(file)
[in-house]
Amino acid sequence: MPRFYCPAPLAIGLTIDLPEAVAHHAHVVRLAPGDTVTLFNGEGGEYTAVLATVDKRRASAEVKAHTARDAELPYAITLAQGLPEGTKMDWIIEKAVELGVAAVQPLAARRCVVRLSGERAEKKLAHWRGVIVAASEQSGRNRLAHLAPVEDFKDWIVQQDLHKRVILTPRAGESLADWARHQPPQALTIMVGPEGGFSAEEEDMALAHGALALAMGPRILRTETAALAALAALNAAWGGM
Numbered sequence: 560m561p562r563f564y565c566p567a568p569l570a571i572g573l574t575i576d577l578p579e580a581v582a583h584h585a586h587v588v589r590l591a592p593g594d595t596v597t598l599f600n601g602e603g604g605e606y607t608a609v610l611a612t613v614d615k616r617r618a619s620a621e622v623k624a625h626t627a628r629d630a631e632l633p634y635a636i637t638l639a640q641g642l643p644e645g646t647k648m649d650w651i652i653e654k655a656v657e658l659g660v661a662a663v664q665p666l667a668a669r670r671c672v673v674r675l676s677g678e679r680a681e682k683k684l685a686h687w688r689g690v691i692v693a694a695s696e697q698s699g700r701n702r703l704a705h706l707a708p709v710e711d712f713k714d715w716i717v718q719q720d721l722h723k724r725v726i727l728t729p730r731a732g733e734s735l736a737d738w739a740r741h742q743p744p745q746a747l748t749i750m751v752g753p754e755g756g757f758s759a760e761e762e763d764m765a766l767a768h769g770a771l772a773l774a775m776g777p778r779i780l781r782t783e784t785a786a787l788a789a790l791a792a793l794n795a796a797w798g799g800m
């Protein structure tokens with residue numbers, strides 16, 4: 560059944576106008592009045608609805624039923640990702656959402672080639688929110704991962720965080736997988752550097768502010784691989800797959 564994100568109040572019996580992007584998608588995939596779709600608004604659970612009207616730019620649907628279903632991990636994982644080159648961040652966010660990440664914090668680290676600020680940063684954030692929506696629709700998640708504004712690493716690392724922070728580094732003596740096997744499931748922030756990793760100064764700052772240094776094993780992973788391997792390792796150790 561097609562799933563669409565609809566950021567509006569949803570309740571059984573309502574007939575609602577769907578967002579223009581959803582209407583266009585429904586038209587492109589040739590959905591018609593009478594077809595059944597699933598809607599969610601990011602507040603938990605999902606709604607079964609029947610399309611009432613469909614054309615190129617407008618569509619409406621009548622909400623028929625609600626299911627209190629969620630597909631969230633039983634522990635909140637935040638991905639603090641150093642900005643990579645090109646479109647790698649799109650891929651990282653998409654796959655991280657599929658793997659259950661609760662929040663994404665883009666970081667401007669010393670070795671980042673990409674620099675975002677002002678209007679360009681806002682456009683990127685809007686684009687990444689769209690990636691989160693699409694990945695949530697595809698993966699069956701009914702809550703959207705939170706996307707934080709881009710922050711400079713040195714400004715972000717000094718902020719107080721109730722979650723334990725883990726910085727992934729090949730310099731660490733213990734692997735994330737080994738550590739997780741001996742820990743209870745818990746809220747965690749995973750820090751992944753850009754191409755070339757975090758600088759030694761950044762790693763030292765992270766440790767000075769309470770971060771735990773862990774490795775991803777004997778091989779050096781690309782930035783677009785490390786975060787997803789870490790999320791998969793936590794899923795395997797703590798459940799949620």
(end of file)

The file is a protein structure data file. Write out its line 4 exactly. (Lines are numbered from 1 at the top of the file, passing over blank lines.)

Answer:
């Protein structure tokens with residue numbers, strides 16, 4: 560059944576106008592009045608609805624039923640990702656959402672080639688929110704991962720965080736997988752550097768502010784691989800797959 564994100568109040572019996580992007584998608588995939596779709600608004604659970612009207616730019620649907628279903632991990636994982644080159648961040652966010660990440664914090668680290676600020680940063684954030692929506696629709700998640708504004712690493716690392724922070728580094732003596740096997744499931748922030756990793760100064764700052772240094776094993780992973788391997792390792796150790 561097609562799933563669409565609809566950021567509006569949803570309740571059984573309502574007939575609602577769907578967002579223009581959803582209407583266009585429904586038209587492109589040739590959905591018609593009478594077809595059944597699933598809607599969610601990011602507040603938990605999902606709604607079964609029947610399309611009432613469909614054309615190129617407008618569509619409406621009548622909400623028929625609600626299911627209190629969620630597909631969230633039983634522990635909140637935040638991905639603090641150093642900005643990579645090109646479109647790698649799109650891929651990282653998409654796959655991280657599929658793997659259950661609760662929040663994404665883009666970081667401007669010393670070795671980042673990409674620099675975002677002002678209007679360009681806002682456009683990127685809007686684009687990444689769209690990636691989160693699409694990945695949530697595809698993966699069956701009914702809550703959207705939170706996307707934080709881009710922050711400079713040195714400004715972000717000094718902020719107080721109730722979650723334990725883990726910085727992934729090949730310099731660490733213990734692997735994330737080994738550590739997780741001996742820990743209870745818990746809220747965690749995973750820090751992944753850009754191409755070339757975090758600088759030694761950044762790693763030292765992270766440790767000075769309470770971060771735990773862990774490795775991803777004997778091989779050096781690309782930035783677009785490390786975060787997803789870490790999320791998969793936590794899923795395997797703590798459940799949620």